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Environmental Law Update provides information on developments in environmental law as it applies to property, probate and trust matters. The editors of Probate & Property welcome information and suggestions from readers.
High Court Scales Back Federal Authority over Isolated Waters and Wetlands
On January 9, 2001, the U.S. Supreme Court ruled, 5-4, that the Clean Water Act (CWA) does not allow the Army Corps of Engineers to assert jurisdiction over isolated ponds and wetlands solely on the basis of their use by migratory birds. Solid Waste Agency of Northern Cook County v. U.S. Army Corps of Engineers, No. 99-1178. In an opinion written by Justice Rehnquist and joined by Justices Thomas, Scalia, Kennedy and O'Connor, the Court overturned a ruling by the U.S. Court of Appeals for the Seventh Circuit upholding the Corps' denial of a permit for construction of a regional solid waste landfill that would affect isolated seasonal ponds on a 533 acre site near Chicago.
The Court's determination that the CWA does not allow federal regulation of "isolated" waters and wetlands has important implications for property owners, municipalities, mining companies, utilities and others seeking to conduct activities in such areas. Although President Clinton issued an executive order Jan. 11, 2001, that attempted to limit the scope of the ruling, many isolated ponds, ditches and vernal pools may no longer fall within federal jurisdiction.
The case arose out of efforts by the Solid Waste Agency of Northern Cook County, Ill. (SWANCC), a consortium of 23 suburban Chicago cities and villages, to construct a regional landfill for baled non-hazardous solid waste. SWANCC planned to construct the landfill at an abandoned sand and gravel pit that had several isolated ponds and depressions filled with rainwater. The Corps initially declined jurisdiction over the ponds, but it later reversed itself and denied the permit after finding that the site contained 121 bird species. The Corps relied on a regulation that extended its jurisdiction under § 404(a) of the CWA to include "intrastate lakes, rivers, streams . . . the use, degradation or destruction of which could affect interstate or foreign commerce," including such waters, "which are or would be used as habitat by . . . migratory birds that cross state lines." 33 C.F.R. § 328.3(a)(3) (appropriately named the "Migratory Bird Rule"). The district court and the Seventh Circuit upheld the denial, finding CWA jurisdiction under the Migratory Bird Rule consistent with the Commerce Clause of the U.S. Constitution.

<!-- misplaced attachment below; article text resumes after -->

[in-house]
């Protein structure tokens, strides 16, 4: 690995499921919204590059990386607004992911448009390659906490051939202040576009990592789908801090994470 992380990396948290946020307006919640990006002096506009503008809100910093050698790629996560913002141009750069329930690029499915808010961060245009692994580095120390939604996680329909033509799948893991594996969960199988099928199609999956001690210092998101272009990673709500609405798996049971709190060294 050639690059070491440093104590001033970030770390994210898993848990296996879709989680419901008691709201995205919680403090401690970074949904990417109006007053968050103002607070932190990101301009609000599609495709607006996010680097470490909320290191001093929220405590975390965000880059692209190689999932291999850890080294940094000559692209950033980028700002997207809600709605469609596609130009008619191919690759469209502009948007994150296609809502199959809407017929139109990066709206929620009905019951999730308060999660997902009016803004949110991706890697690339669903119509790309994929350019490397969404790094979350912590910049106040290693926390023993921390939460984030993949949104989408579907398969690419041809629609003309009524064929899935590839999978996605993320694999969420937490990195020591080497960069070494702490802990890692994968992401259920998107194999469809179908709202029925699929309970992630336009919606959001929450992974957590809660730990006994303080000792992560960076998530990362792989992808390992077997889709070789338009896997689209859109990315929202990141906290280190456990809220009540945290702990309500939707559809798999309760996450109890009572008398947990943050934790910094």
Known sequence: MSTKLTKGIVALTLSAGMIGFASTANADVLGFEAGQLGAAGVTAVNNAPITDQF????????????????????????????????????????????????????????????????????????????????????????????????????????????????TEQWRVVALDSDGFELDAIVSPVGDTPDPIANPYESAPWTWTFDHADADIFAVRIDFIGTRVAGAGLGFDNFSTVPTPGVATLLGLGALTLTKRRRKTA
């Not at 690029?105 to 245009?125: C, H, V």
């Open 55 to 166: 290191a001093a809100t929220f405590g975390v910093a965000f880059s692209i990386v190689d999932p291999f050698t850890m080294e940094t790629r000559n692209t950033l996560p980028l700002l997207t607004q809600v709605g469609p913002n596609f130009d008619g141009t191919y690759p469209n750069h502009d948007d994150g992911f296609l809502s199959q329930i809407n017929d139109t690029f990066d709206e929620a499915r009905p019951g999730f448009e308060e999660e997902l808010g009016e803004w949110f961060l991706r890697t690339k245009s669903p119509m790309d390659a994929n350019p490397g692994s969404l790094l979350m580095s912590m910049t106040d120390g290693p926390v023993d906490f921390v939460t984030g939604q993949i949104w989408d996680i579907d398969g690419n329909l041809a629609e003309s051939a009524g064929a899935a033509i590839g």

Commerce Clause Issue Avoided
Significantly, the Court sidestepped the question whether the migratory bird rule conformed to the Commerce Clause, an issue it has recently addressed in other contexts. Instead, the Court relied on the narrower ground of a statutory interpretation of the CWA. It said, "Section 404(a) [of the CWA] authorizes [the Corps] to regulate the discharge of fill material into 'navigable waters' . . . which the statute defines as 'the waters of the United States, including the territorial seas.' . . . We conclude that the 'Migratory Bird Rule' is not fairly supported by the CWA."
The Court sharply distinguished its 1985 decision on jurisdiction, focusing on the central question whether the term "navigable waters" extended to isolated, intrastate wetlands and other such areas. It conceded that in United States v. Riverside Bayview Homes, 474 U.S. 121 (1985), it had found congressional intent to regulate at least some waters that would not be deemed "navigable" under that term's classical understanding, such as those that are adjacent to navigable waters. The Court distinguished Riverside Bayview by pointing out that it had upheld the regulation of wetlands that "actually abutted on a navigable waterway." It asserted the text of the CWA will "not allow extension of the Corps' jurisdiction" to regulate wetlands that are "not adjacent to open water." The term "navigable" in the CWA reflects "what Congress had in mind as its authority for enacting the CWA: its traditional jurisdiction over waters that were or had been navigable in fact or which could reasonably be so made."
The Court also rejected the Corps' argument that Congress had acquiesced to a broad interpretation of the term "navigable waters" by failing to overturn past regulations that include nonnavigable, isolated, intrastate waters. The Court went on to state: "We thus decline respondents' invitation to take what they see as the next ineluctable step after Riverside Bayview Homes: holding that isolated ponds, some only seasonal, wholly located within two Illinois counties, fall under § 404(a)'s definition of 'navigable waters' because they serve as habitat for migratory birds."
Justice Stevens' dissent, joined by Justices Souter, Breyer and Ginsburg, recited at length the background and history of the CWA, deferring to the Corps' Migratory Bird Rule and noting that the protection of migratory birds is a "well established federal responsibility." Stevens cautioned that "the Court takes an unfortunate step that needlessly weakens our principal safeguard against toxic water."
This decision is very significant and will likely scale back federal CWA jurisdiction considerably. Property owners can now argue that there is no federal jurisdiction over isolated waters, wetlands, ponds and "mud puddles" that are not hydrologically connected to open waters. However, it remains to be seen how the Corps, EPA and the lower federal courts will interpret and apply this decision. A key issue is how the terms "isolated" and "adjacent" will be interpreted, as the federal agencies have usually sought to find a hydrologic connection, even by groundwater, in order to ensure federal jurisdiction.
Environmental Law Update Editor: Rafe Petersen, Linowes & Blocher LLP, 1010 Wayne Ave., 10th Floor, Silver Spring, MD 20910, rp@linowes-law. com.